It’s becoming a fleeting issue, but there are still ways to get exposure to lead

Handling lead bullets may be another source of lead contamination

“What do you think about broccoli?” Christine asked.

“I don’t,” I replied.

“Well, you must have eaten it sometime,” she insisted.


“Why not?” she asked.

“It looks funny, sort of like a green sponge that toads might pee on, it smells awful, and there isn’t a shortage of corn,” I replied.

“But,” she smirked at me, “Broccoli gets the lead out.”


In early 2021, I had emergency stomach surgery to repair a blockage. Being my fourth such surgery, I knew what to expect. Except this surgery was different. I didn’t bounce back, as before. I felt like what dog vomit looks like. I had been off cigarettes for eight months by then and I still felt awful.

Testing revealed heart issues that ended in quadruple bypass surgery in December and repair of a hole in my heart the size of a 12 gauge in March. Six weeks after heart surgery I was back to presurgery ability, still feeling awful. The hole repair did not help. Give it time, they said. Except that I knew something was going on. A nuclear stress test of my heart proved there was nothing wrong in that department.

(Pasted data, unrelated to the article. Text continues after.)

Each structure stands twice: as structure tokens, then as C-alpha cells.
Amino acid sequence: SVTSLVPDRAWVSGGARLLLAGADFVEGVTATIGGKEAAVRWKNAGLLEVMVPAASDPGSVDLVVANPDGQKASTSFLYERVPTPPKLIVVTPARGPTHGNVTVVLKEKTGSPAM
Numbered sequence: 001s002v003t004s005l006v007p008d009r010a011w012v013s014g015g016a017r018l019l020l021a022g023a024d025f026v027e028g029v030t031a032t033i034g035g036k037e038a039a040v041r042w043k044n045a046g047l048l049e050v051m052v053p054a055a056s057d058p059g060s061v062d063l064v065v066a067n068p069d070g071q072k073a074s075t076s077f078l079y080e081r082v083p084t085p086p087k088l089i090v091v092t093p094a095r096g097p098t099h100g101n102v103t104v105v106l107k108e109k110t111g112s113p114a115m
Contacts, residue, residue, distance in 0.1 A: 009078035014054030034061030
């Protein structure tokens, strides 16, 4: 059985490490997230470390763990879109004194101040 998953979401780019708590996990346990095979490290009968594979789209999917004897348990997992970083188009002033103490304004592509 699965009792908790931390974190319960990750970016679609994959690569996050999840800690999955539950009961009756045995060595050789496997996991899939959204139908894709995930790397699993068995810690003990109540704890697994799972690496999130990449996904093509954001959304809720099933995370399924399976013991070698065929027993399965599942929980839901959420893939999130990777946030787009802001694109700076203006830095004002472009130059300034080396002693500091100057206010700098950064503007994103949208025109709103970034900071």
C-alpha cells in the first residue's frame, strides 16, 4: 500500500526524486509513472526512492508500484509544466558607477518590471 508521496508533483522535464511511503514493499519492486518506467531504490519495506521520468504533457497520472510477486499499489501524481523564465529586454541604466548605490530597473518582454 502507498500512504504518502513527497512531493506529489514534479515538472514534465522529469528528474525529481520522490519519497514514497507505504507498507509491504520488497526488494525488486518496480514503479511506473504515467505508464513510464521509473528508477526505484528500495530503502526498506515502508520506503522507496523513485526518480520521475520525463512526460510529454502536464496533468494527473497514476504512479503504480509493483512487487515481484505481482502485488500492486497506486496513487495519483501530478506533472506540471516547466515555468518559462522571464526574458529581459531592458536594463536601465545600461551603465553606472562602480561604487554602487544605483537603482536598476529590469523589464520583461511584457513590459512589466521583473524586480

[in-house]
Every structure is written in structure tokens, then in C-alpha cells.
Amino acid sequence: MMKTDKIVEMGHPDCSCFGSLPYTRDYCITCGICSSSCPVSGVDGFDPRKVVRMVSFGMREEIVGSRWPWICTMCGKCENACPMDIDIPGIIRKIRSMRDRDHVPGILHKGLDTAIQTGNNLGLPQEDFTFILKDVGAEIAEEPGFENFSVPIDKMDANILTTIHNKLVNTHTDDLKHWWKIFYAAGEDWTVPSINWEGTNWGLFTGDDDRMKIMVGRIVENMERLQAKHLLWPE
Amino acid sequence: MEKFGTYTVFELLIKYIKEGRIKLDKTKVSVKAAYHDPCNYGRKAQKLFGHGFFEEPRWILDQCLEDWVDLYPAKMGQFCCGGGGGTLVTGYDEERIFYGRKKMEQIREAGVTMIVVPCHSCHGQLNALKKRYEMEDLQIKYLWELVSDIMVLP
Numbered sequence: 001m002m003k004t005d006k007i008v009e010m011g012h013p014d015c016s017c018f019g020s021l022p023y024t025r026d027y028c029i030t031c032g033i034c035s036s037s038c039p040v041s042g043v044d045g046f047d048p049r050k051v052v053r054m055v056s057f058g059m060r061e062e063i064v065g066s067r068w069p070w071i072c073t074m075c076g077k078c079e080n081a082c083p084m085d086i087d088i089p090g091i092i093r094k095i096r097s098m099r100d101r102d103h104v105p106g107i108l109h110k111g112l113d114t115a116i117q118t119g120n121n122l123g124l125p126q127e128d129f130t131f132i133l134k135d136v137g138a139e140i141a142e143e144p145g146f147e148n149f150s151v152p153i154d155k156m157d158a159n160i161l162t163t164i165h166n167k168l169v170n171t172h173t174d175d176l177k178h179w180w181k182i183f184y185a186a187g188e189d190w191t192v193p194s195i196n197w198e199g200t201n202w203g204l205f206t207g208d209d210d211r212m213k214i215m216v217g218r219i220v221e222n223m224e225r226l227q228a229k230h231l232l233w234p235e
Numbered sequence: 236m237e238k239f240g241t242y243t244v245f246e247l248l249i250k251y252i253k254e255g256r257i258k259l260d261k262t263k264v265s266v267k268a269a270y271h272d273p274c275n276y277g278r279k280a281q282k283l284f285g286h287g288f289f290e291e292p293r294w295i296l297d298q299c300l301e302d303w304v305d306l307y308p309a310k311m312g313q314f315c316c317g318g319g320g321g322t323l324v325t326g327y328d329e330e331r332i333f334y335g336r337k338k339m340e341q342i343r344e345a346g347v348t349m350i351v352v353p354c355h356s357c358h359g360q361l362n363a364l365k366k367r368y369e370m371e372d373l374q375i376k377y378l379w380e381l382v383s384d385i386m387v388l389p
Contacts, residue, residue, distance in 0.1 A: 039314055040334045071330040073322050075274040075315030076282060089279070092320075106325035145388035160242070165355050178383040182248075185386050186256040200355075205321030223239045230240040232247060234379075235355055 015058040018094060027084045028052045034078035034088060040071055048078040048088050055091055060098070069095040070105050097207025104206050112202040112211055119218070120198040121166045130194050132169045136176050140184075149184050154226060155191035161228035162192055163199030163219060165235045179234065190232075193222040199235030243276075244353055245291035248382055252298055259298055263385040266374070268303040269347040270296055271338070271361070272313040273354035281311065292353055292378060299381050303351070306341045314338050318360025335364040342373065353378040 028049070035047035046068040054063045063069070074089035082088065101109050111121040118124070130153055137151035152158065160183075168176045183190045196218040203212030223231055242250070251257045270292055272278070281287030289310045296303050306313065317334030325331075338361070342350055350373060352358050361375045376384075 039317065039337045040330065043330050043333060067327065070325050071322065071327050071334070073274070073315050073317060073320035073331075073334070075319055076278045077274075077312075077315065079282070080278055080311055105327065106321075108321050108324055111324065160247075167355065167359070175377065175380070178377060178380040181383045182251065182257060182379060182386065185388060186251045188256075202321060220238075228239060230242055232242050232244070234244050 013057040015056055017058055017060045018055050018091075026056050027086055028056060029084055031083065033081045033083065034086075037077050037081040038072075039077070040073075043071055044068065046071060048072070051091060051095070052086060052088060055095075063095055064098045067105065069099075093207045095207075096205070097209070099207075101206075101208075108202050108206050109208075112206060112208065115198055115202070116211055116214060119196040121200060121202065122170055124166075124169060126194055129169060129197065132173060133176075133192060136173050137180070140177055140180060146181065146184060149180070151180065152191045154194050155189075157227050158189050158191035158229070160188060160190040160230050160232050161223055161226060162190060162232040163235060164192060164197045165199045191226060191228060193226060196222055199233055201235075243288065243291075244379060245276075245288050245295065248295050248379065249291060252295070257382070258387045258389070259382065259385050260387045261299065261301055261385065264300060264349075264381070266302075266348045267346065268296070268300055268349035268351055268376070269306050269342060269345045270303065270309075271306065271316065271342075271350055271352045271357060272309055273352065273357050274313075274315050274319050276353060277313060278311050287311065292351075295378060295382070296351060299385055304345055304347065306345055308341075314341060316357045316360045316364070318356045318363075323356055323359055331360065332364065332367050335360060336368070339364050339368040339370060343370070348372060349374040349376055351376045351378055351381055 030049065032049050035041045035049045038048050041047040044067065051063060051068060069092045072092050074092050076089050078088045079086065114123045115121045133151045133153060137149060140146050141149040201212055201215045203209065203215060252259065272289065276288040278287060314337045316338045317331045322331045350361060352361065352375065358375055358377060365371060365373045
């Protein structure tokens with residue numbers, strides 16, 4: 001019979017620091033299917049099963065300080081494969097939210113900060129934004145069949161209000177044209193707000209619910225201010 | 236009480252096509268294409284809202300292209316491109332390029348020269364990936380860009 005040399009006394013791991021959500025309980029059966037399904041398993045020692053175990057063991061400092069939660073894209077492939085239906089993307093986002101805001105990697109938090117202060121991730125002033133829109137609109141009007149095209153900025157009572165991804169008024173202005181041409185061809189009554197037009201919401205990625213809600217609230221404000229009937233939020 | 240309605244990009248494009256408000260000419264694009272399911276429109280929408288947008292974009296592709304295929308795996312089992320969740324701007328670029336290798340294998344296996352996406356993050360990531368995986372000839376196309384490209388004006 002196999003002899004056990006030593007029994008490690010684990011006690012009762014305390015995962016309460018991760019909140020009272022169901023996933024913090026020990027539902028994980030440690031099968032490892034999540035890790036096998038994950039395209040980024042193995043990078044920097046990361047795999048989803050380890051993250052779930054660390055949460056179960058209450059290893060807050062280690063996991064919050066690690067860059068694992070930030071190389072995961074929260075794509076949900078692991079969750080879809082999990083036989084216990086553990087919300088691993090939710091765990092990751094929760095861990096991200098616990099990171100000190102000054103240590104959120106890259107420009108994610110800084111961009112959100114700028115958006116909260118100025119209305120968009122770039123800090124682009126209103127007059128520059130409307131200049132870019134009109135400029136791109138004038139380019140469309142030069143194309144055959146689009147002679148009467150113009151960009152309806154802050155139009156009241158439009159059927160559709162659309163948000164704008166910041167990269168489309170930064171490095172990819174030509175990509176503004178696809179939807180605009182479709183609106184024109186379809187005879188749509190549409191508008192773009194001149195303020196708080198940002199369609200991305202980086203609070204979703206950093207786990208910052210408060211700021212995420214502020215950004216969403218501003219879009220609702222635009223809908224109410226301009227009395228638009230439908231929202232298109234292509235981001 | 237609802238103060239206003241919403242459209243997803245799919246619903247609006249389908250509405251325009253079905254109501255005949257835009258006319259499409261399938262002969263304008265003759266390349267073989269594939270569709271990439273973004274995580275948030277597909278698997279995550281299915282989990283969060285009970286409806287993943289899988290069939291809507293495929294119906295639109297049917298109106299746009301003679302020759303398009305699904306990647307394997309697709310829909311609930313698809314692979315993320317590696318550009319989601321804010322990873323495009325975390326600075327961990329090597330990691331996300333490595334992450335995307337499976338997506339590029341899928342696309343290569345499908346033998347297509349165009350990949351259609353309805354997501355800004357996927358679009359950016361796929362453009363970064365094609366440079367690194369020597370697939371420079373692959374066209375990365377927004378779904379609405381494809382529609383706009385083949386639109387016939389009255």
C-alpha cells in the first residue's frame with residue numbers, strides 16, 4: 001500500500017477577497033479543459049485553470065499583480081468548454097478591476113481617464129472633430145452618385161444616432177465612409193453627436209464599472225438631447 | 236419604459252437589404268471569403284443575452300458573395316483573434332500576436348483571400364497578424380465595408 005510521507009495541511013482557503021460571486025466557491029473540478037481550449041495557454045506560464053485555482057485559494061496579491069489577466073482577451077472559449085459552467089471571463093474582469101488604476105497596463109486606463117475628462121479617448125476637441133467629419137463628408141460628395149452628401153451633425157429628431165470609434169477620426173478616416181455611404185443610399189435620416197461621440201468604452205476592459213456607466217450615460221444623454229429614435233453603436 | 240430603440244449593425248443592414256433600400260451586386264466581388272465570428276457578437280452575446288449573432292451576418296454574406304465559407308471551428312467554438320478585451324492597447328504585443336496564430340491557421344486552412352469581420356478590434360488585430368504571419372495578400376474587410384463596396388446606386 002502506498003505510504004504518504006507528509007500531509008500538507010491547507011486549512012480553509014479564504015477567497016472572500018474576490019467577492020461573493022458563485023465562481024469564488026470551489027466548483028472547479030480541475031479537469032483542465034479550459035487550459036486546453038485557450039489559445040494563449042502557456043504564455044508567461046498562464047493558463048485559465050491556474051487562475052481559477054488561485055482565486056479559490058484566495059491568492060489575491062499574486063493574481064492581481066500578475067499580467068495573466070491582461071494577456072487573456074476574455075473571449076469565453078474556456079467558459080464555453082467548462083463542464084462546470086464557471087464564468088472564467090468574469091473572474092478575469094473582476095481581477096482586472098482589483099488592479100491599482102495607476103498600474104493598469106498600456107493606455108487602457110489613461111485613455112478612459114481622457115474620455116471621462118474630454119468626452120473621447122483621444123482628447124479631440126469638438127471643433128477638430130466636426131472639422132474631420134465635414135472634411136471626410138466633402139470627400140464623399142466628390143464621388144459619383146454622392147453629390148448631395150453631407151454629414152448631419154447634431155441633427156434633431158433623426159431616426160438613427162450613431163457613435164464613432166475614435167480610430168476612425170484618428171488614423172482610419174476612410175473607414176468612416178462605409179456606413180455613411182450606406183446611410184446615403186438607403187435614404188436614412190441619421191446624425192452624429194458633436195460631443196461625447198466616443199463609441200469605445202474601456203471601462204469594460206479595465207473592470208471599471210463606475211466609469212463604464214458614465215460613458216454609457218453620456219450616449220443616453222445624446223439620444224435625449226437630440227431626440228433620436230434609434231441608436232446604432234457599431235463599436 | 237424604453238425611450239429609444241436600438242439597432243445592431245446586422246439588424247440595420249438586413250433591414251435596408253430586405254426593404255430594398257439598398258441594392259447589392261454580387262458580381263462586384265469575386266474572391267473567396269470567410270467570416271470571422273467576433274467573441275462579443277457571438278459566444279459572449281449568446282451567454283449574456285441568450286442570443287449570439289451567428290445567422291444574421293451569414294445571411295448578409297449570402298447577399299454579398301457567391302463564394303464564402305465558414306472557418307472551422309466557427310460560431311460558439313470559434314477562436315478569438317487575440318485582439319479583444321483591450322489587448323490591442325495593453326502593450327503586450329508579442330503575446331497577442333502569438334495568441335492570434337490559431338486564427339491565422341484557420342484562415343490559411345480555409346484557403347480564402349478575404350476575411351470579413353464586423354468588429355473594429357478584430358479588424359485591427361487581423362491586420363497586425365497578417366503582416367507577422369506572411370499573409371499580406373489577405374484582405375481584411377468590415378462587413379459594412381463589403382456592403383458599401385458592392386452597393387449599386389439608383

Recently the search for another cause began, and one test revealed high lead content in my system. Which can create the symptoms I’ve struggled with for almost two years.

How in the hell does one get lead in their system in 2022?

Good question, but the answer is not surprising when I think about it.

In 1998, as a law enforcement firearms instructor, I often shot on the indoor range used for training. One day all of us were gathered up and given a class on lead ingestion, the precautions we needed to take to minimize lead exposure, and how to instill that in the students we taught.

There were several things, including judicious washing of hands and face, not eating, or drinking on the range — indoors or outdoors, and prohibiting those pregnant from the range.

Most of us had been lifelong shooters, and our employer demanded a blood test to establish a baseline. Most of us were old school and didn’t think much about folks looking out for our health.